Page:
Analysis of the OpenRTB Supply Chain Object (SCO) finds that 19% of open programmatic ad traffic contains misrepresented supply paths
LONDON, Oct. 5, 2023 /PRNewswire/ — Pixalate, the market-leading privacy, compliance, and fraud protection analytics platform for Connected TV (CTV) and Mobile Advertising, today released the Q2 2023 Supply Chain Object Verification Report. The analysis contains insights from Pixalate’s OpenRTB SCO validation process, which examines supply paths across CTV, mobile apps, desktop, and mobile web, and measures Invalid Traffic (IVT) rates, inclusive of ad fraud, across all the supply paths analyzed.
Pixalate’s SCO validation process evaluates whether the supply path legitimately originated from a publisher and whether that publisher has a direct relationship with the first seller in the supply chain. Pixalate utilizes IAB Tech Lab’s ads.txt and sellers.json standards, along with SCO data from the OpenRTB bid stream, to perform this validation.
- 65% higher IVT rate in supply paths inaccurately marked as “complete”.
- 19% of traffic with a Supply Chain Object (SCO) did not pass Pixalate’s SCO validation.
- 71% of traffic with SCO had unique paths, while 7% of traffic had 3 or more redundant paths, showing opportunities for optimization.
- 26% of SCOs with 3 nodes fail validation, while shorter chains are more likely to be marked as “incomplete” in Q2 2023.
“As Pixalate’s Supply Chain Verification Report substantiates, the transparency that the SCO can achieve is of great value to the programmatic ecosystem. Supply path optimization (SPO), or the process of evaluating supply chain object, at its core, supports mutually beneficial auction dynamics,” said Chris Hallenbeck, Senior Director, Marketplace Quality at OpenX. “Where there’s lack of transparency, there’s a greater propensity for fraud and a greater likelihood of invalid traffic. This is why partnering with SSPs that have an established track record of championing a fair and transparent value carries so much benefit. “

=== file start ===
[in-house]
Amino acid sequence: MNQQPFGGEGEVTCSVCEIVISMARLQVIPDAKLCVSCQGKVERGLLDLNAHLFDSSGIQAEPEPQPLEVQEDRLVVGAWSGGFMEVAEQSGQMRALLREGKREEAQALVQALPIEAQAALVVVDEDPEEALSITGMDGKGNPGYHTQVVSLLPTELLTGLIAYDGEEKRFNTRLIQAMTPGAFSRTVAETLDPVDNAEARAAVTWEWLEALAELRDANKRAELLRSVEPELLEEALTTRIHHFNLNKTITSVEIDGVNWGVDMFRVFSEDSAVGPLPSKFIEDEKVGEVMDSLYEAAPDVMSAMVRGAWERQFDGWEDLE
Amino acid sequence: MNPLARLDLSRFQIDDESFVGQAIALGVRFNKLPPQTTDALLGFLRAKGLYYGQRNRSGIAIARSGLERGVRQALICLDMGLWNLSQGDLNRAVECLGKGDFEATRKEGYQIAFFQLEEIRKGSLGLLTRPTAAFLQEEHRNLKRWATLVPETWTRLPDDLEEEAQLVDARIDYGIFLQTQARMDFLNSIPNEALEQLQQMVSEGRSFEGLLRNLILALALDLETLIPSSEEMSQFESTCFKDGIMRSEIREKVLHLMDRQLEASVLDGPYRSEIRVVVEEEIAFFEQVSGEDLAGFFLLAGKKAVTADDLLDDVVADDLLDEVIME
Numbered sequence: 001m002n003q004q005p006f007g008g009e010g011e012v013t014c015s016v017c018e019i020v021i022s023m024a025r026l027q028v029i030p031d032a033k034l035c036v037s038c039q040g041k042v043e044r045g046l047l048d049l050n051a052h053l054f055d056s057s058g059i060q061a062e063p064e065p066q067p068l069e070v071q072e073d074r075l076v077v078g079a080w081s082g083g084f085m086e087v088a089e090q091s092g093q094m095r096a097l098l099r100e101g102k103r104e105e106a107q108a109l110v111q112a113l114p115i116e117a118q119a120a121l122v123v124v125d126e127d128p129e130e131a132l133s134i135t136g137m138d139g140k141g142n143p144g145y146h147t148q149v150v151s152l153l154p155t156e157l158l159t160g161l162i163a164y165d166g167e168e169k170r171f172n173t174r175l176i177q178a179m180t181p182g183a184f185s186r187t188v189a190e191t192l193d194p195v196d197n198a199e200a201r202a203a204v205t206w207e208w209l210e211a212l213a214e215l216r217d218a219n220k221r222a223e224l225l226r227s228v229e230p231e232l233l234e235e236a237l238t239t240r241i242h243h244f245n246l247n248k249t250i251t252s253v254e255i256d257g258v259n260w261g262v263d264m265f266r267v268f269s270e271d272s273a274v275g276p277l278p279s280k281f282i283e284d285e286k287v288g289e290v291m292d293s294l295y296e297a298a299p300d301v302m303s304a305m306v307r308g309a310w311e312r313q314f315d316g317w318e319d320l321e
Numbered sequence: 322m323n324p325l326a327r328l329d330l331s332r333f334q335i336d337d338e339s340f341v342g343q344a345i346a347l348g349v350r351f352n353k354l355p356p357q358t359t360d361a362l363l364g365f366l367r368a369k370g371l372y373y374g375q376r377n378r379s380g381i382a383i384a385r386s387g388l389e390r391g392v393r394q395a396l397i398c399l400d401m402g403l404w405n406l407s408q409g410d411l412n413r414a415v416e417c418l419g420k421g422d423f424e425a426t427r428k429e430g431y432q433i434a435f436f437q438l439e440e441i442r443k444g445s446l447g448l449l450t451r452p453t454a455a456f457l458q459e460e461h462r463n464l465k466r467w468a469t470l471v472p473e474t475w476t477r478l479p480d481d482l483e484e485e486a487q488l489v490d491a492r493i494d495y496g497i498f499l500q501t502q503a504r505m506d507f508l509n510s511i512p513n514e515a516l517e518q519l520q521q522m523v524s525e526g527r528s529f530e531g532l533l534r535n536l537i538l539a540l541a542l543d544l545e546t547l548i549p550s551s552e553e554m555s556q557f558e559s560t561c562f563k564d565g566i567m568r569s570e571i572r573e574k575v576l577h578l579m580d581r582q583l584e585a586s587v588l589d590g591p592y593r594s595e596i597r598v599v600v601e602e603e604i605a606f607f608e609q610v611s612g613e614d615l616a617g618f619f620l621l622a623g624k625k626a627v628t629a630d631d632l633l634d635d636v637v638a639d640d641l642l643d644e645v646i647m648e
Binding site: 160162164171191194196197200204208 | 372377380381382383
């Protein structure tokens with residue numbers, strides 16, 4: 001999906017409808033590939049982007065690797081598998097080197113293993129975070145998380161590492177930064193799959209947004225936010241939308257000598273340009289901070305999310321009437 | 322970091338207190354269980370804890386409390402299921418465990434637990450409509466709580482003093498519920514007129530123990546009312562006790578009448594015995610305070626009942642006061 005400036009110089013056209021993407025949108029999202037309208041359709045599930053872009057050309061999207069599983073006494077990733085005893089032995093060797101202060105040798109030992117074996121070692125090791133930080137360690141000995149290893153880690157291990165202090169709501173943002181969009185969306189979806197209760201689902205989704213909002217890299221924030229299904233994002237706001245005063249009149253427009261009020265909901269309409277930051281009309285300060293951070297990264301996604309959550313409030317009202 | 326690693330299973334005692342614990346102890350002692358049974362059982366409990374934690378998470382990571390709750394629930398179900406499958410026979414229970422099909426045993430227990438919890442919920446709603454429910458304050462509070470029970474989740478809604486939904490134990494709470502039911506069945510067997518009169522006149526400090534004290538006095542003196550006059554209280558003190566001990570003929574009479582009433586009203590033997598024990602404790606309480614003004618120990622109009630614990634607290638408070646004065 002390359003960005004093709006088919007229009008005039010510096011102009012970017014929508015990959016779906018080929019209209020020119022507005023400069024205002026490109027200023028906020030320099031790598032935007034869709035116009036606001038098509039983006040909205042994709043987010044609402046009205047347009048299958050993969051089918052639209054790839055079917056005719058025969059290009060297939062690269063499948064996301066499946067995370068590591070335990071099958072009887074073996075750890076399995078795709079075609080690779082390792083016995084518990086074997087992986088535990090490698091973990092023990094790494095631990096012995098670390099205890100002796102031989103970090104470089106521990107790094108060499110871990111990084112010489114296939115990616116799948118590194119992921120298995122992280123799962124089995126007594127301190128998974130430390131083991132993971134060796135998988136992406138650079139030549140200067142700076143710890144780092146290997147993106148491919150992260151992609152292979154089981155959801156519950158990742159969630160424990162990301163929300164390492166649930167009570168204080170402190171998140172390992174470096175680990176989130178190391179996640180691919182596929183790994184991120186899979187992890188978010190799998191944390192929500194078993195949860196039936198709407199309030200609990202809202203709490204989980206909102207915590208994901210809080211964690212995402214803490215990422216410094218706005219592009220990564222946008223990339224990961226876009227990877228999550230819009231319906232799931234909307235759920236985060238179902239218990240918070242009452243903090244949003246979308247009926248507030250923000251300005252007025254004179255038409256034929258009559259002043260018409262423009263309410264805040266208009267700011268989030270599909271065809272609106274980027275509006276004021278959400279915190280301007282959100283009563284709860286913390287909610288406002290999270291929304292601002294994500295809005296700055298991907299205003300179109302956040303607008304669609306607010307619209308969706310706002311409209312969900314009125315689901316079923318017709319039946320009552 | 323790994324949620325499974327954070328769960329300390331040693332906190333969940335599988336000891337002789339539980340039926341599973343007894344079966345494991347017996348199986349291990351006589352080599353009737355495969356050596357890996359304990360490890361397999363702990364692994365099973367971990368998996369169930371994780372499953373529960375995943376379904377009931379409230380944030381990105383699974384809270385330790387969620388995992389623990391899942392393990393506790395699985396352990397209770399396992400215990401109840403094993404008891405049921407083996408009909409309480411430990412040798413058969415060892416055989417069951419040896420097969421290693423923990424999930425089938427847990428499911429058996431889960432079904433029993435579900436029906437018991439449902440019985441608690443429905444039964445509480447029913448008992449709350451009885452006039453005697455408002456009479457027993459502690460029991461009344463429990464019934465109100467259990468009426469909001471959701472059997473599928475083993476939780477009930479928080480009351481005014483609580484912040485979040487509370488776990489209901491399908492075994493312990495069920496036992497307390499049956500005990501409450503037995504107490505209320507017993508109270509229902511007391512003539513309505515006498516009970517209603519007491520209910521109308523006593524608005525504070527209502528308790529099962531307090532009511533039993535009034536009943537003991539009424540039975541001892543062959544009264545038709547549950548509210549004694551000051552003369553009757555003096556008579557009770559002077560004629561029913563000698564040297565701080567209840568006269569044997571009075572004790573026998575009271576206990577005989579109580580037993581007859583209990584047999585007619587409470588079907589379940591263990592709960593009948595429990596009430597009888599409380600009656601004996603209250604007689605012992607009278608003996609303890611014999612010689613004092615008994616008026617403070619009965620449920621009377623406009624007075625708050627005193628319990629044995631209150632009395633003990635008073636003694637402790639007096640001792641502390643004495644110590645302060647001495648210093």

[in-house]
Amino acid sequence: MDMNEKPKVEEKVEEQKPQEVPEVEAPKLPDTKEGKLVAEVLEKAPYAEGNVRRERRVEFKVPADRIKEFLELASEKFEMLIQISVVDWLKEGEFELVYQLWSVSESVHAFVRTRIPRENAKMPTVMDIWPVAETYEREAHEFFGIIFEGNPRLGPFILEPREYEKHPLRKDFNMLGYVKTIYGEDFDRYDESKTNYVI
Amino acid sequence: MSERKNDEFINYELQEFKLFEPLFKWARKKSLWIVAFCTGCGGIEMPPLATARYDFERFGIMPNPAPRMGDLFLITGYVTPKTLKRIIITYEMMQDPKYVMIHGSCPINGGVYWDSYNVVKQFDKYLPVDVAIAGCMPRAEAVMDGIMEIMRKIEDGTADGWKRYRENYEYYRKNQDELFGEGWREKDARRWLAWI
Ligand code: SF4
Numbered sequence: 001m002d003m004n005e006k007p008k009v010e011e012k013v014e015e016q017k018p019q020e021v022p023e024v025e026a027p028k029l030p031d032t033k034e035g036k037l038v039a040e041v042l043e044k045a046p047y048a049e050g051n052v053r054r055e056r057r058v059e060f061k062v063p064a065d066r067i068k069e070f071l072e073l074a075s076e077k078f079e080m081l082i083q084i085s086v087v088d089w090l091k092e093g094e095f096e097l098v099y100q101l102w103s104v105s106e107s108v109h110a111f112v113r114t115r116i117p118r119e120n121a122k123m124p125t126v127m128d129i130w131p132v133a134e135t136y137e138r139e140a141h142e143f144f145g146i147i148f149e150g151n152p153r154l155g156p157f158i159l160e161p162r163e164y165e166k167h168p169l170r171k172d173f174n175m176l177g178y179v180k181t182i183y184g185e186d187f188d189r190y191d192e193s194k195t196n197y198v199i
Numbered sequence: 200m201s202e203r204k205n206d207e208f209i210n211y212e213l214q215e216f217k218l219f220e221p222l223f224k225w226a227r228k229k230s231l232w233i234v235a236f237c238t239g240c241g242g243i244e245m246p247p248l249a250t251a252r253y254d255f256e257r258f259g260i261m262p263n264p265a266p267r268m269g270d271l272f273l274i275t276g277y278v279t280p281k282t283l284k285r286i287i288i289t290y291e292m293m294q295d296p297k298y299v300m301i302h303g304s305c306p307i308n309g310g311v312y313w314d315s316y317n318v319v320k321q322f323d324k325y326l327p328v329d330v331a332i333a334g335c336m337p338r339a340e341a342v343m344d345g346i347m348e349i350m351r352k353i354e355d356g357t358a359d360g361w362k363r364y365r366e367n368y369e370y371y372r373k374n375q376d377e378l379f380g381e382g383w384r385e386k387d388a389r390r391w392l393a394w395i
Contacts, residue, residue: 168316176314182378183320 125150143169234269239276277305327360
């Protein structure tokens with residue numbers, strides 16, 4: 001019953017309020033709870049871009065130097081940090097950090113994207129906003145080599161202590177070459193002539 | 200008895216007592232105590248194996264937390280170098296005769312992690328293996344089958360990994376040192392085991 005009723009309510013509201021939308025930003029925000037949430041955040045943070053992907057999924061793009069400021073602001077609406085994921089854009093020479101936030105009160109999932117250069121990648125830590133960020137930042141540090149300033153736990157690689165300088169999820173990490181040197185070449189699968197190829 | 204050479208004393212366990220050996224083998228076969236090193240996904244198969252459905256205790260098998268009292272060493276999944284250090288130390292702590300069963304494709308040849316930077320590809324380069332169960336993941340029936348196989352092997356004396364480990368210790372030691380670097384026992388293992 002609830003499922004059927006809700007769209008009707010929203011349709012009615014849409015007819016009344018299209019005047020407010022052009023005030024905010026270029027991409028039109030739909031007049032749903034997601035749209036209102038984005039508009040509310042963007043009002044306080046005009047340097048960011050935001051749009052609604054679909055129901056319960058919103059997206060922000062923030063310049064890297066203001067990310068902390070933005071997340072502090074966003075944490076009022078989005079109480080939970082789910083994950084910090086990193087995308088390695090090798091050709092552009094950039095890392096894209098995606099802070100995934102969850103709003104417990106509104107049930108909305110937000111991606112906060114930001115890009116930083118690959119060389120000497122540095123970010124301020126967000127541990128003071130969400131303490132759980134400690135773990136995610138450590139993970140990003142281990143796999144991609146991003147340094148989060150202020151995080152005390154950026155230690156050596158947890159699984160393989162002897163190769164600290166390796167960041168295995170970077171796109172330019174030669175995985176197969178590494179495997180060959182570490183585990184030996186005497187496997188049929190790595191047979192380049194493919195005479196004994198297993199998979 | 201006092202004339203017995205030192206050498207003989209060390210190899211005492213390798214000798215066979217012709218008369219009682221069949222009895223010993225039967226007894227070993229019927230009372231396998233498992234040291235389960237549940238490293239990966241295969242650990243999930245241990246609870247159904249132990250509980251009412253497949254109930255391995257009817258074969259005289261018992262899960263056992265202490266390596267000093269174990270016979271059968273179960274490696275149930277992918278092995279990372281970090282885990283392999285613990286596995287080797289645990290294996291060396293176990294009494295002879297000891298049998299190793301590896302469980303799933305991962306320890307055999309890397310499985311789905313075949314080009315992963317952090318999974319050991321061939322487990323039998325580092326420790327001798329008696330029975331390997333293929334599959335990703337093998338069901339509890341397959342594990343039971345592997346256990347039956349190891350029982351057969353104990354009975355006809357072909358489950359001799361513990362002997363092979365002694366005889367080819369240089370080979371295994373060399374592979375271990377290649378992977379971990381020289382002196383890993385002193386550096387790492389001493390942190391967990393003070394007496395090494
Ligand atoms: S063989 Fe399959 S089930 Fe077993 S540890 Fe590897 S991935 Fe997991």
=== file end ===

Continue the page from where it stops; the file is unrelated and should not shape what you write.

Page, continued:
“As per our supply quality policy, sellers who we believe are intentionally misrepresenting or withholding supply chain information, or repeatedly fail to maintain accurate records are banned. Our approach is based on the hypothesis that lack of transparency only benefits the bad actors,” said Ayse Pamuk, Manager, Platform Operations at Basis Technologies. “The findings in Pixalate’s Report indicating elevated IVT rates on supply paths that are either marked incomplete or inaccurately represented as complete confirms our hypothesis.”
“IAB Tech Lab’s suite of transparency initiatives including SCO, ads.txt, sellers.json have given the advertising industry the tools to understand the complex supply chains currently in the industry,” said Amit Shetty, VP of Product, at Pixalate. “Pixalate has taken advantage of this transparency to truly understand the quality of the supply chain, including rooting out likely weak links in the chain.”
Pixalate is the market-leading fraud protection, privacy, and compliance analytics platform for Connected TV (CTV) and Mobile Advertising. We work 24/7 to guard your reputation and grow your media value. Pixalate offers the only system of coordinated solutions across display, app, video, and CTV for better detection and elimination of ad fraud. Pixalate is an MRC-accredited service for the detection and filtration of sophisticated invalid traffic (SIVT) across desktop and mobile web, mobile in-app, and CTV advertising.
The content of this press release, and the Supply Chain Object Verification Report (the “Report“), reflect Pixalate’s opinions with respect to factors that Pixalate believes can be useful to the digital media industry. Pixalate’s opinions are just that, opinions, which means that they are neither facts nor guarantees. Pixalate is sharing this data not to impugn the standing or reputation of any entity, person or app, but, instead, to report findings and trends pertaining to programmatic advertising activity in the time period studied. Per the Media Rating Council (MRC), “‘Invalid Traffic’ is defined generally as traffic that does not meet certain ad serving quality or completeness criteria, or otherwise does not represent legitimate ad traffic that should be included in measurement counts. Among the reasons why ad traffic may be deemed invalid is it is a result of non-human traffic (spiders, bots, etc.), or activity designed to produce fraudulent traffic.” IVT is also sometimes referred to as “ad fraud.” Per the MRC, “‘Fraud’ is not intended to represent fraud as defined in various laws, statutes and ordinances or as conventionally used in U.S. Court or other legal proceedings, but rather a custom definition strictly for advertising measurement purposes.’